Sunday, June 23, 2024

Hong Kong is safe from China’s Great Firewall—for now

Computer scienceHong Kong is safe from China’s Great Firewall—for now


To read more about how this injunction is specifically designed for Western Big Tech platforms, and the impact it’s likely to have on internet freedom, you can read my story here.

Aside from the depressing implications for pro-democracy movements’ decline in Hong Kong, this lawsuit has also been an interesting case study of the local government’s complicated relationship with internet control and censorship.

I was following this case because it’s a perfect example of how censorship can be built brick by brick. Having reported on China for so long, I sometimes take for granted how powerful and all-encompassing its censorship regime is and need to be reminded that the same can’t be said for most other places in the world.

Hong Kong had a free internet in the past. And unlike mainland China, it remains relatively open: almost all Western platforms and services are still available there, and only a few websites have been censored in recent years. 

Since Hong Kong was returned to China from the UK in 1997, the Chinese central government has clashed several times with local pro-democracy movements asking for universal elections and less influence from Beijing. As a result, it started cementing tighter and tighter control over Hong Kong, and people have been worrying about whether its Great Firewall will eventually extend there. But actually, neither Beijing nor Hong Kong may want to see that happen. All the recent legal maneuverings are only necessary because the government doesn’t want a full-on ban of Western platforms.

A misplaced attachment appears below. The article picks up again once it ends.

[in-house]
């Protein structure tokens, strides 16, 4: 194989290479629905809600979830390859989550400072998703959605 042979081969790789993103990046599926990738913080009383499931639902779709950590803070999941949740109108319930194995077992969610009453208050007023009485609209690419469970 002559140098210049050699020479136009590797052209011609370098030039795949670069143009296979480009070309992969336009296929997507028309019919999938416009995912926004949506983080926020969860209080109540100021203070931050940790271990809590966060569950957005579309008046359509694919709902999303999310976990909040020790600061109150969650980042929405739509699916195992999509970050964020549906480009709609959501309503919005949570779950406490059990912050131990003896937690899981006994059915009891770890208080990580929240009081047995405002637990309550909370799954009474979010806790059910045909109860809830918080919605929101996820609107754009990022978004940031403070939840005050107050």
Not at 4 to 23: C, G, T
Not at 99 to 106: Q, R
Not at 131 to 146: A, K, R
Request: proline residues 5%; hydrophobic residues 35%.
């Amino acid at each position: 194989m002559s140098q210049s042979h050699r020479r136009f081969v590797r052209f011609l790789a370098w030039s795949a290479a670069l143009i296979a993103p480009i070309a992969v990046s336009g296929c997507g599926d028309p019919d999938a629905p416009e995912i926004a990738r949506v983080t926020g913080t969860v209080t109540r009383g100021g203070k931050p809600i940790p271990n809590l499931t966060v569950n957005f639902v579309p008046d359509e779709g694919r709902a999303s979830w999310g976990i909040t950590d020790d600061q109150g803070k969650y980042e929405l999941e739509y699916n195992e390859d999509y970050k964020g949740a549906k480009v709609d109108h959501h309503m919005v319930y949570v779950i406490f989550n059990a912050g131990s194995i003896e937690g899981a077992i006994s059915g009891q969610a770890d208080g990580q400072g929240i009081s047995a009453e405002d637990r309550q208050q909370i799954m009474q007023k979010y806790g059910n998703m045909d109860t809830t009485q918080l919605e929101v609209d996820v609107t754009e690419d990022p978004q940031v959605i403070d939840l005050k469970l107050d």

When I visited Hong Kong last November, it was pretty clear that both Beijing and Hong Kong want to take advantage of the free flow of finance and business through the city. That’s why the Hong Kong government was given tacit permission in 2023 to explore government cryptocurrency projects, even though crypto trading and mining are illegal in China. Hong Kong officials have boasted on many occasions about the city’s value proposition: connecting untapped demand in the mainland to the wider crypto world by attracting mainland investors and crypto companies to set up shop in Hong Kong. 

But that wouldn’t be possible if Hong Kong closed off its internet. Imagine a “global” crypto industry that couldn’t access Twitter or Discord. Crypto is only one example, but the things that have made Hong Kong successful—the nonstop exchange of cargo, capital, ideas, and people—would cease to function if basic and universal tools like Google or Facebook became unavailable.

That’s why there are these calculated offenses on internet freedom in Hong Kong. It’s about seeking control but also leaving some breathing space; it’s as much about looking tough on the outside as negotiating with platforms down below; it’s about showing its determination to Beijing but also not showing too much aggression to the West. 

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